How To Handle That Pesky After Tax 401(k) Money
You’ve done a great job investing in your 401(k) at your job. Then you decide to leave that job to a better paying one. So, you decide that you want to rollover your 401(k) to an IRA. Here’s an overview of how to do this rollover correctly. By doing this, this opens up your 401(k) to all the great investment options offered in a typical brokerage account. Great, you go to your plan administrator to fill out the paperwork and they tell you that you have after tax money in your 401(k) which can’t go over to the IRA. After tax money?!? Aren’t 401(k)s always pre-tax money?
How This Can Happen
401(k) accounts are not prevented from containing after tax money, they are designed to handle it. The money you contribute still grows tax deferred, it’s just that it exists in a different ‘pot’ than the other money. After tax money can find its way into your account if the contribution limits from your employer are higher than the tax deductible contribution limits set by the government. The typical plan will allow you to set a “percentage” of your income that you want to contribute. These are fairly flexible, you can, for example, contribute a higher percentage early in the year and change it at any point to a lower percentage during the year.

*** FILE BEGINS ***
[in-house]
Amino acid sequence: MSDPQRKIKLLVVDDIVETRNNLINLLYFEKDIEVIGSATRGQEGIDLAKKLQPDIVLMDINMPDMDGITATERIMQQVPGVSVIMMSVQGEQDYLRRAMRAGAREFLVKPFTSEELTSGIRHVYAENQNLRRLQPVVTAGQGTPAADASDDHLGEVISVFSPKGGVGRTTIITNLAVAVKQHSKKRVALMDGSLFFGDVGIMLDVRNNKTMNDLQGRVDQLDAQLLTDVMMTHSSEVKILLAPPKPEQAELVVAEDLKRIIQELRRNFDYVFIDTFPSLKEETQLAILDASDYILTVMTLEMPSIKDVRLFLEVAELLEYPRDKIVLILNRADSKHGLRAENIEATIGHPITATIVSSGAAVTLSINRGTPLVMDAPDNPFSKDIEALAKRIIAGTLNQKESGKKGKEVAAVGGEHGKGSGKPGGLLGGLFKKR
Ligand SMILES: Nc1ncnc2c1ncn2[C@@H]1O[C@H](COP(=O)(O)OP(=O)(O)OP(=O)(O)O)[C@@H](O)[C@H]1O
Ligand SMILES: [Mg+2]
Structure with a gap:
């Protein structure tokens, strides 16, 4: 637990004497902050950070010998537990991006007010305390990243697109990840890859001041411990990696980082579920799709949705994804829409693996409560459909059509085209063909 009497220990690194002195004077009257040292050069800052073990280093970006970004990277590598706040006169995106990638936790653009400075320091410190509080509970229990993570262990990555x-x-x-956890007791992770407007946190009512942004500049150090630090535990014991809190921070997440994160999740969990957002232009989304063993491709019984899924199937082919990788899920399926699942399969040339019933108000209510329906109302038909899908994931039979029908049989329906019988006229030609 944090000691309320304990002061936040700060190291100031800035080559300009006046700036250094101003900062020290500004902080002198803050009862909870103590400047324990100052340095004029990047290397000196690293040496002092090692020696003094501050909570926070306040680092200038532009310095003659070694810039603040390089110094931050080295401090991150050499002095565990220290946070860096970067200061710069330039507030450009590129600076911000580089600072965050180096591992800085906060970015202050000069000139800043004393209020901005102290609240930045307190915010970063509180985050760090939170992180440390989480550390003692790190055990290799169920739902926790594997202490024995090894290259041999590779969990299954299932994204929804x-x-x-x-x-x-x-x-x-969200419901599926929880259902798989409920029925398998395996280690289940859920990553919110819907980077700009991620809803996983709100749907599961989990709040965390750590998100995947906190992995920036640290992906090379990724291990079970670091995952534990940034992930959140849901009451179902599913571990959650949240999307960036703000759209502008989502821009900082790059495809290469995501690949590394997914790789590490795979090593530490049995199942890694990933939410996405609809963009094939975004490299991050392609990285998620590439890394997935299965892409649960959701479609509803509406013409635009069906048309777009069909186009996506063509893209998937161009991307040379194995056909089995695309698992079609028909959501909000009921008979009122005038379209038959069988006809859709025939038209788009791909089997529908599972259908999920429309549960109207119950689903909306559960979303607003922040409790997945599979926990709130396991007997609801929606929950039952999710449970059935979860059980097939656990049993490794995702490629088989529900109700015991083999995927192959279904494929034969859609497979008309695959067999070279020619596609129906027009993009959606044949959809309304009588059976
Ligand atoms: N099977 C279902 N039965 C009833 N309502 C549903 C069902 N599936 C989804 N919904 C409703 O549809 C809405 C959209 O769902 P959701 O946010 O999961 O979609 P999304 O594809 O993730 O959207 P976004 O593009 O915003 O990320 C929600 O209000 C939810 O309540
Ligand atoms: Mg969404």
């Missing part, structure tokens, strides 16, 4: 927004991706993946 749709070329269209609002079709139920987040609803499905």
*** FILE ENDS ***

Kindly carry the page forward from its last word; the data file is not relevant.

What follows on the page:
If the the total contribution percentage results in more money than is currently deductible, the extra money is added after you pay taxes on it. Here are the limits for 2011 and 2012.
If you earn $150,000/year and contribute a percentage of 15%, your total contribution to the plan will be $22,500. Of this amount, $6,000 is over the 2011 limit of $16,500. This $6,000 will go into the plan as after tax money.
Every plan is different, but all the money you put in plus what your employer puts in combined is limited by that bigger number above, which for 2011 is $49,000.
401(k) Rollover Options For After-Tax Money
There are a couple of different options for this money when you decide to rollover the 401(k).
- Ask for a check – The plan simply issues you a check for the money to do with as you wish. There isn’t any additional consequences.
- Move to a brokerage account – Ask your broker to setup an additional taxable brokerage account to take the cash (if you don’t already have one). This separate account will be added to your taxable investment portfolio.
- (Advanced) Rollover to a non-deductible IRA. This option will enable the money to continue to grow tax deferred.
In most cases, the amount of money in this pot will be small, so typically option 1) or 2) is preferable. For my own situation, I generally try to keep within the ‘deductible’ limits, so over the years I’ve accumulated just a few hundred dollars of after-tax money.
A Word About Excess Contributions
In the example above, you worked for one employer who correctly handled the extra contributions. Another situation you should be aware of is when your earnings span multiple employers. This can create a situation called ‘excess’ contribution which could cause you some headaches. Here’s how it might happen:
Employer #1 (150K salary):
2011: Jan-Jun, contribute 15% ->> 11,250
Employer #2 (150K salary):
2011: Jul-Dec, contribute 15% ->> 11,250
Employer #2 doesn’t know anything about Employer #1 so they don’t limit your pre-tax contributions. Across both employers you contributed $6,000 over the limit of $16,500. It’s up to you to either limit your contribution level to prevent this or be sure to ask your administrator to refund the difference after the plan year completes.